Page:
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by Edward A. Dreyfus, Ph.D.

Bob became increasingly embarrassed as he talked about his problem with premature ejaculation. He claimed that can only 'last' for two minutes and felt that he was not much of a man. His 'problem' has kept him from dating.

Sally was beside herself with fear as she harshly castigated herself for not being able to achieve orgasm. She feared she would lose her husband because of her 'condition.'

Most sexual dysfunction occurs because of faulty beliefs and attitudes about sexuality, poor habits, ignorance, and early experiences. There are some sexual dysfunctions that are precipitated by physiological, biological, or chemical factors. However, all physiological dysfunctions have a psychological component. When men are unable to obtain or maintain an erection, whether from physiological or psychological causes, they feel inferior, less manly. When a woman is unable to reach orgasm she feels less feminine. Therefore, in all cases of sexual dysfunction it is necessary to attend to the psychological aspects of the difficulty and what it means to the individual.

Physiological factors. Some of the more common non-psychological precipitants of sexual dysfunction include hormonal imbalance, medications, neurological impairment, substance abuse (even nicotine dependence can cause erectile dysfunction), alcohol dependency, physiological disorders, and even vitamin deficiency. Certain illnesses and medications can have side effects that affect sexual functioning including impotence and increased or decreased libido.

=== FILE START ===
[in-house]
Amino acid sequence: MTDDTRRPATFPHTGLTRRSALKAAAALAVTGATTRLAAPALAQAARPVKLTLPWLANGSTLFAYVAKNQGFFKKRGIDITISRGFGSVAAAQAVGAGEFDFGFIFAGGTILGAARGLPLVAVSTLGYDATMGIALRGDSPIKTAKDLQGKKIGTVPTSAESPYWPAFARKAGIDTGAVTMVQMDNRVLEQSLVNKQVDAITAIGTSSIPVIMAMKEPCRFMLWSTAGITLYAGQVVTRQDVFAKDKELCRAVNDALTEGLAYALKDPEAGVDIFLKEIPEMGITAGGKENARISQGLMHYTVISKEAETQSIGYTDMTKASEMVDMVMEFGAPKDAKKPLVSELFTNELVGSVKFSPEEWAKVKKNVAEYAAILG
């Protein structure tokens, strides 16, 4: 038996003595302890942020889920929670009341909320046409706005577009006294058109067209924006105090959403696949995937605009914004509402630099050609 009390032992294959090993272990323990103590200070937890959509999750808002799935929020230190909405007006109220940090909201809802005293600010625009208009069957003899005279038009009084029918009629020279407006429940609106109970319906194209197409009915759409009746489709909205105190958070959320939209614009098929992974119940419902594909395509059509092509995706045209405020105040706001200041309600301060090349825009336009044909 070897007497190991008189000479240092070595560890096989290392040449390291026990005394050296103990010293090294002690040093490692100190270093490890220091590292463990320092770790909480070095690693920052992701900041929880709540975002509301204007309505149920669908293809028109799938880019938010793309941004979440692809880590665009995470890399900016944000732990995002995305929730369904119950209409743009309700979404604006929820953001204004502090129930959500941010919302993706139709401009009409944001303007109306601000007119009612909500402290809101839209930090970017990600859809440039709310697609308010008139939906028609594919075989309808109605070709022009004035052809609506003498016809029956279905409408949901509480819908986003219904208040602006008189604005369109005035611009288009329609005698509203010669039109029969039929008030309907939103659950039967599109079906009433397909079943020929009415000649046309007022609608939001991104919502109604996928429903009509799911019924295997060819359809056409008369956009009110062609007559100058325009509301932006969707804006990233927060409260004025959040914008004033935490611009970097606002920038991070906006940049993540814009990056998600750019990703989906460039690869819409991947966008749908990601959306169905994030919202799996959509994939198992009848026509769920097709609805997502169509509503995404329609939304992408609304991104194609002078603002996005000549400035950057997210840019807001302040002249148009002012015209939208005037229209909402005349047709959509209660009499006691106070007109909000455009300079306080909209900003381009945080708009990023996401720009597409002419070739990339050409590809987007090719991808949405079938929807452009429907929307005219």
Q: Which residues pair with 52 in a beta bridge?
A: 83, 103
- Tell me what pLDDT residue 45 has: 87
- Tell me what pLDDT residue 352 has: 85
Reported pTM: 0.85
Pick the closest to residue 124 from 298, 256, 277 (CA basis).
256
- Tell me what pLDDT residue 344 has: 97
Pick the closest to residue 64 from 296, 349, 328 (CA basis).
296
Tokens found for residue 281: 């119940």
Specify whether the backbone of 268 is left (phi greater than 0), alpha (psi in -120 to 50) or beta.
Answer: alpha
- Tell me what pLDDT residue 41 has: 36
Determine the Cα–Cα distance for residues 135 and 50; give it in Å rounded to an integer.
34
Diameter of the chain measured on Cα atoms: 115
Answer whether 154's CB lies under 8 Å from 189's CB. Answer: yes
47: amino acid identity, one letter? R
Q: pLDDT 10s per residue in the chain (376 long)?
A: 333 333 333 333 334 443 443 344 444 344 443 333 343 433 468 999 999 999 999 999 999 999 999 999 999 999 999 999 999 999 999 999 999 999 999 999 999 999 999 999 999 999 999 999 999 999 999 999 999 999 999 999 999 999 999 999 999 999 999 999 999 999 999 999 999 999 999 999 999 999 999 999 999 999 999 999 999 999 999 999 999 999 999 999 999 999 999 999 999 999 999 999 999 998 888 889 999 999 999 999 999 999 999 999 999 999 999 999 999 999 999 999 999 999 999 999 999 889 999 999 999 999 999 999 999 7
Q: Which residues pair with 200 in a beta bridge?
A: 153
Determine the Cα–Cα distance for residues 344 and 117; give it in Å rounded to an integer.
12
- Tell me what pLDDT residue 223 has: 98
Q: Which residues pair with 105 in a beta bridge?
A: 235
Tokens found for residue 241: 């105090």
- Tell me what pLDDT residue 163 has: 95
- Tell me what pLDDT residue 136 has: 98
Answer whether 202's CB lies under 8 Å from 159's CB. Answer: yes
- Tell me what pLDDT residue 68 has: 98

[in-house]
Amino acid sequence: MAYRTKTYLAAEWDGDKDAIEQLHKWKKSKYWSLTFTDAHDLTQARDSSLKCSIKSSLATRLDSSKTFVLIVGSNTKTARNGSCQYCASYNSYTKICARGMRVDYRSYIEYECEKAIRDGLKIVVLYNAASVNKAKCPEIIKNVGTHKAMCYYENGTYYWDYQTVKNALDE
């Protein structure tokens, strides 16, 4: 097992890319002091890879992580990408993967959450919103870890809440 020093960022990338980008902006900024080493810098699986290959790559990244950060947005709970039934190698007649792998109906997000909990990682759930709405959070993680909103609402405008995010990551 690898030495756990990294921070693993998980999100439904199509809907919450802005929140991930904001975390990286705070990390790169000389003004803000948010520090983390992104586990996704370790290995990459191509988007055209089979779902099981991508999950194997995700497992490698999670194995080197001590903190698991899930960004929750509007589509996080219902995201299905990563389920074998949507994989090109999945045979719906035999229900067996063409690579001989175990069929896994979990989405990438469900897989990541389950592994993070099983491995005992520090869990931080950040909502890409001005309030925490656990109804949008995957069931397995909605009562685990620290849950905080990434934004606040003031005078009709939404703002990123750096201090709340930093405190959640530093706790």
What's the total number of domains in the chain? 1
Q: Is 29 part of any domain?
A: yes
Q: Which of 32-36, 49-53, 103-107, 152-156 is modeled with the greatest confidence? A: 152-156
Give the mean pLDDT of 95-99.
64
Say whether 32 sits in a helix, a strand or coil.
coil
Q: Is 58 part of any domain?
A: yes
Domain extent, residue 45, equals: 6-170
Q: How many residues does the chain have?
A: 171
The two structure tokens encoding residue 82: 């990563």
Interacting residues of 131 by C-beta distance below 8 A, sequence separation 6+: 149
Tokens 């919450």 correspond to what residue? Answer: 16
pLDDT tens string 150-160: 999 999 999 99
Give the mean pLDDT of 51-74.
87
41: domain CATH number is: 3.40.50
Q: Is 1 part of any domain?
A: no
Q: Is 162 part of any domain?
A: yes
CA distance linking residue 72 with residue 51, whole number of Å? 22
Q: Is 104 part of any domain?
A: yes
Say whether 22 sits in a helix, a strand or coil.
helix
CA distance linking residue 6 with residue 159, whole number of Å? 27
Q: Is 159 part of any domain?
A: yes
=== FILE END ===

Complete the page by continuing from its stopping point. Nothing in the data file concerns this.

Many people prefer to think of only a medical approach to sexual dysfunction, since it is more acceptable to one's self-image to believe that there is an organic basis for the dysfunction. Even in those instances when there is a recognizable medical condition affecting sexual functioning, the psychological component cannot be overlooked. We all have varying psychological reactions to physical illness or impairment. This psychological reaction can exacerbate the physical problem. This is especially true for infertility problems. Most people who have difficulty conceiving a child choose to investigate the medical aspects to the exclusion of the psychological aspects. Yet we all know of many cases where a couple after years of frequenting the fertility clinics to no avail, finally decide to adopt a child only to conceive a few months afterward. This can suggest that psychological factors were at play.

Psychological factors. Most sexual dysfunctions have a psychosocial etiology. Dr. Helen Singer Kaplan states, "In a general sense we see the immediate causes of the sexual dysfunctions as arising from an anti-erotic environment created by the couple which is destructive to the sexuality of one or both. An ambiance of openness and trust allows the partners to abandon themselves fully to the erotic experience."